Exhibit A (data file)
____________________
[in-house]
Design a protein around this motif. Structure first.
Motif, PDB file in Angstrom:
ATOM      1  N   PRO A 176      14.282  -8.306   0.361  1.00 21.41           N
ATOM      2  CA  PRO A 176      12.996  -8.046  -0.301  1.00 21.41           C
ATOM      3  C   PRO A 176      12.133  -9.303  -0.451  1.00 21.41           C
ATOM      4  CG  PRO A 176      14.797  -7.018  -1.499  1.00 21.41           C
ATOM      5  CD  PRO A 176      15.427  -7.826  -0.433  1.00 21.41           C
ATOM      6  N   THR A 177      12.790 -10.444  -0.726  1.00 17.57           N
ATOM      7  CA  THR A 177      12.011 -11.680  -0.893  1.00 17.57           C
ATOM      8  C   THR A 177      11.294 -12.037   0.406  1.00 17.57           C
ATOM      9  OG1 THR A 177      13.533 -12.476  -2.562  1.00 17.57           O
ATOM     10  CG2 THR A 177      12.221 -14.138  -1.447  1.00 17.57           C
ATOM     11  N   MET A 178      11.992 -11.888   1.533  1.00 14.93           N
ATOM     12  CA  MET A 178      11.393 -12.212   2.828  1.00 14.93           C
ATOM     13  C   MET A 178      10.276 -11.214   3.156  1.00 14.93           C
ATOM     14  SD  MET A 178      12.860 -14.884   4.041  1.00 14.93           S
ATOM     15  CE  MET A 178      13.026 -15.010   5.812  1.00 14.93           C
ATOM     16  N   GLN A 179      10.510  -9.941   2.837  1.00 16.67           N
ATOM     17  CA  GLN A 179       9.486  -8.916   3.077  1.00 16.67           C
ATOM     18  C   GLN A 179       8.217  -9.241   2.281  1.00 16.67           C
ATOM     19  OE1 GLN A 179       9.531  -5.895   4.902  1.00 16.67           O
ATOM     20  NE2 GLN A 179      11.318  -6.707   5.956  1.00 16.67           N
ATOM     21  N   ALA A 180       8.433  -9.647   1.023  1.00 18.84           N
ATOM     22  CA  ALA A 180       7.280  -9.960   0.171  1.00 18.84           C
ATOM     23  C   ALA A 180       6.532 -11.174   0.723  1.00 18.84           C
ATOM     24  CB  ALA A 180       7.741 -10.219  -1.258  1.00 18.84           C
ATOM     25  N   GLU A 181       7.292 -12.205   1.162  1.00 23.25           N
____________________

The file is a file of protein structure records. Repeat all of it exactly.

[in-house]
Design a protein around this motif. Structure first.
Motif, PDB file in Angstrom:
ATOM      1  N   PRO A 176      14.282  -8.306   0.361  1.00 21.41           N
ATOM      2  CA  PRO A 176      12.996  -8.046  -0.301  1.00 21.41           C
ATOM      3  C   PRO A 176      12.133  -9.303  -0.451  1.00 21.41           C
ATOM      4  CG  PRO A 176      14.797  -7.018  -1.499  1.00 21.41           C
ATOM      5  CD  PRO A 176      15.427  -7.826  -0.433  1.00 21.41           C
ATOM      6  N   THR A 177      12.790 -10.444  -0.726  1.00 17.57           N
ATOM      7  CA  THR A 177      12.011 -11.680  -0.893  1.00 17.57           C
ATOM      8  C   THR A 177      11.294 -12.037   0.406  1.00 17.57           C
ATOM      9  OG1 THR A 177      13.533 -12.476  -2.562  1.00 17.57           O
ATOM     10  CG2 THR A 177      12.221 -14.138  -1.447  1.00 17.57           C
ATOM     11  N   MET A 178      11.992 -11.888   1.533  1.00 14.93           N
ATOM     12  CA  MET A 178      11.393 -12.212   2.828  1.00 14.93           C
ATOM     13  C   MET A 178      10.276 -11.214   3.156  1.00 14.93           C
ATOM     14  SD  MET A 178      12.860 -14.884   4.041  1.00 14.93           S
ATOM     15  CE  MET A 178      13.026 -15.010   5.812  1.00 14.93           C
ATOM     16  N   GLN A 179      10.510  -9.941   2.837  1.00 16.67           N
ATOM     17  CA  GLN A 179       9.486  -8.916   3.077  1.00 16.67           C
ATOM     18  C   GLN A 179       8.217  -9.241   2.281  1.00 16.67           C
ATOM     19  OE1 GLN A 179       9.531  -5.895   4.902  1.00 16.67           O
ATOM     20  NE2 GLN A 179      11.318  -6.707   5.956  1.00 16.67           N
ATOM     21  N   ALA A 180       8.433  -9.647   1.023  1.00 18.84           N
ATOM     22  CA  ALA A 180       7.280  -9.960   0.171  1.00 18.84           C
ATOM     23  C   ALA A 180       6.532 -11.174   0.723  1.00 18.84           C
ATOM     24  CB  ALA A 180       7.741 -10.219  -1.258  1.00 18.84           C
ATOM     25  N   GLU A 181       7.292 -12.205   1.162  1.00 23.25           N